In this paper, we demonstrate a miniature magnetic-force-based, three-axis, AC magnetic sensor with piezoelectric/vibrational energy-harvesting functions. For magnetic sensing, the sensor employs a magnetic–mechanical–piezoelectric configuration (which uses magnetic force and torque, a compact, single, mechanical mechanism, and the piezoelectric effect) to convert x-axis and y-axis in-plane and z-axis magnetic fields into piezoelectric voltage outputs. Under the x-axis magnetic field (sine-wave, 100 Hz, 0.2–3.2 gauss) and the z-axis magnetic field (sine-wave, 142 Hz, 0.2–3.2 gauss), the voltage output with the sensitivity of the sensor are 1.13–26.15 mV with 8.79 mV/gauss and 1.31–8.92 mV with 2.63 mV/gauss, respectively. In addition, through this configuration, the sensor can harness ambient vibrational energy, i.e., possessing piezoelectric/vibrational energy-harvesting functions. Under x-axis vibration (sine-wave, 100 Hz, 3.5 g) and z-axis vibration (sine-wave, 142 Hz, 3.8 g), the root-mean-square voltage output with power output of the sensor is 439 mV with 0.333 μW and 138 mV with 0.051 μW, respectively. These results show that the sensor, using this configuration, successfully achieves three-axis magnetic field sensing and three-axis vibration energy-harvesting. Due to these features, the three-axis AC magnetic sensor could be an important design reference in order to develop future three-axis AC magnetic sensors, which possess energy-harvesting functions, for practical industrial applications, such as intelligent vehicle/traffic monitoring, processes monitoring, security systems, and so on. Full article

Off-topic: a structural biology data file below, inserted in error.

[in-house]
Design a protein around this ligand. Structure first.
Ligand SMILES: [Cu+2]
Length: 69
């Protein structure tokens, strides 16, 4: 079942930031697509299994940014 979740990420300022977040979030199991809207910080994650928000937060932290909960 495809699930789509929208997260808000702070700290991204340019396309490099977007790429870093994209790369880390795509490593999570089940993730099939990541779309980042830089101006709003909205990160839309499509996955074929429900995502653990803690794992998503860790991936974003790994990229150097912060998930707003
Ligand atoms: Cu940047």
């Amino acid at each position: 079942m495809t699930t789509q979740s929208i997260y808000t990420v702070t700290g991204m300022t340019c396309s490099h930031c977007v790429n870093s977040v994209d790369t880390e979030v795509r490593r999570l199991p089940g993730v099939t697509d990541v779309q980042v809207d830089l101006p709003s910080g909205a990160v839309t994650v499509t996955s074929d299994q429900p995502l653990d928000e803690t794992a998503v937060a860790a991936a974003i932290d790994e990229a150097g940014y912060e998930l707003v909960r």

(This article belongs to the Special Issue Autonomous Sensors)
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Open AccessArticle Real-Time Performance of a Self-Powered Environmental IoT Sensor Network System
Sensors 2017, 17(2), 282; doi:10.3390/s17020282
Received: 25 October 2016 / Accepted: 28 January 2017 / Published: 1 February 2017
Cited by 3 | PDF Full-text (4279 KB) | HTML Full-text | XML Full-text
Abstract
Wireless sensor networks (WSNs) play an increasingly important role in monitoring applications in many areas. With the emergence of the Internet-of-Things (IoT), many more lowpower sensors will need to be deployed in various environments to collect and monitor data about environmental factors in
[...] Read more.